Thames Hospital will become the first hospital in the country to trial a patient kiosk in the Emergency Department, an idea first mooted by its clinical director Dr Ruth Large last year.
The patient kiosk has been designed and developed in New Zealand by Health Test Ltd.
It gives patients the opportunity when they come into the Emergency Department to self-register and have their height, weight, BMI blood pressure, pulse and oxygen saturation measured electronically.
Dr Large was one of three finalists in the HINZ-sponsored New Zealand Clinicians challenge in November last year.
Clinicians from around New Zealand submitted 27 work-related problems, which they thought would benefit from an information technology solution and these were then made available to IT vendors to work on.
Dr Large said nursing and reception staff will collect the information from the kiosk to allow for more private collection of patient details and to speed up the triage process.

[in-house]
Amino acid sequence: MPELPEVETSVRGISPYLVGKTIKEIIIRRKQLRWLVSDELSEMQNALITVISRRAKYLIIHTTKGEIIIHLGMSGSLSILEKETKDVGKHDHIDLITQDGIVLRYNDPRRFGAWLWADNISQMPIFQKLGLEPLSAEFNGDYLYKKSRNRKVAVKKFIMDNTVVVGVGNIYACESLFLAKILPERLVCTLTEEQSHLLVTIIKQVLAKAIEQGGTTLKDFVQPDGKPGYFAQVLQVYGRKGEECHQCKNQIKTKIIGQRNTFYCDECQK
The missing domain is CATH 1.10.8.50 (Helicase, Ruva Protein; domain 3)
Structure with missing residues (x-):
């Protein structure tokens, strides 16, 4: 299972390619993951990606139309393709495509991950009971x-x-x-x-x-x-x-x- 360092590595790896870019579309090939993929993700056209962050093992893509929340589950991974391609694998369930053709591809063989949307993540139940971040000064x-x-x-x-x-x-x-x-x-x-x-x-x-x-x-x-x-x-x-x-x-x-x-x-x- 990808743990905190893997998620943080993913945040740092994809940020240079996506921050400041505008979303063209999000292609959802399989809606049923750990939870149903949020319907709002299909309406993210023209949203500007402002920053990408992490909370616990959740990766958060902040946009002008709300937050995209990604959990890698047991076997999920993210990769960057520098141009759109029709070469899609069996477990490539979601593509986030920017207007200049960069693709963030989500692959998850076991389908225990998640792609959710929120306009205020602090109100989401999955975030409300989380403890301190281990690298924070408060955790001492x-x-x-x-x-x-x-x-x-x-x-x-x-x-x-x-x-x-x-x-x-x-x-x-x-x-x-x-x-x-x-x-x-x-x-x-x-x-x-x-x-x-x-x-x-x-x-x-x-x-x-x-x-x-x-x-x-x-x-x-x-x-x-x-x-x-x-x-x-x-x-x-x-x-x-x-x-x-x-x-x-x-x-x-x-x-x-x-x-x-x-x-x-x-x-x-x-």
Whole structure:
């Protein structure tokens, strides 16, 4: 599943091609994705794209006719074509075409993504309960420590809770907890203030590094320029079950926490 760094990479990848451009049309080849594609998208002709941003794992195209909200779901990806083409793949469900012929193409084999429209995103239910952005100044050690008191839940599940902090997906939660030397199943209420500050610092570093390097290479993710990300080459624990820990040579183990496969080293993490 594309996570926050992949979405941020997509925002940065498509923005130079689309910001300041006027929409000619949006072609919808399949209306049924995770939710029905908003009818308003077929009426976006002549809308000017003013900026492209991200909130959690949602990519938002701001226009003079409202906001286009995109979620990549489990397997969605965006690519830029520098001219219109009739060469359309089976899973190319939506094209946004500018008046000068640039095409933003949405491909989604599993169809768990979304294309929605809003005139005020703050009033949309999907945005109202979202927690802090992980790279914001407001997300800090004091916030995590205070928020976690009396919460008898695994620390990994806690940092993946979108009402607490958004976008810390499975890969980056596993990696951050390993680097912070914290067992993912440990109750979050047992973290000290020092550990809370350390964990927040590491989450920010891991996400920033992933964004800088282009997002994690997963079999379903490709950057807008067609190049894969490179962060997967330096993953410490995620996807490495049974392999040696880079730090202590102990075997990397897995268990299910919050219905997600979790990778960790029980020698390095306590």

The kiosk implementation at Thames Hospital is a pilot programme and will be trialled in conjunction with the National Institute for Health Innovation.
This pilot aims to explore the acceptability and implantation issues of the kiosk technology in a real New Zealand emergency department setting. It will collect both patient and provider perspectives.
“In most emergency departments in the country, patients give their details first to a receptionist and then to a triage nurse.
“It is very difficult to ensure privacy of information in this process and it is also time consuming for both the patient and the triage team.
“My hope is that we can demonstrate a speeding up of our triage practice as well as finding out if use of this technology is acceptable to the patients and the staff,” said Dr Large.
The trial of the kiosk will be voluntary and only involve patients who come to the front desk of the hospital and not those who arrive by ambulance.
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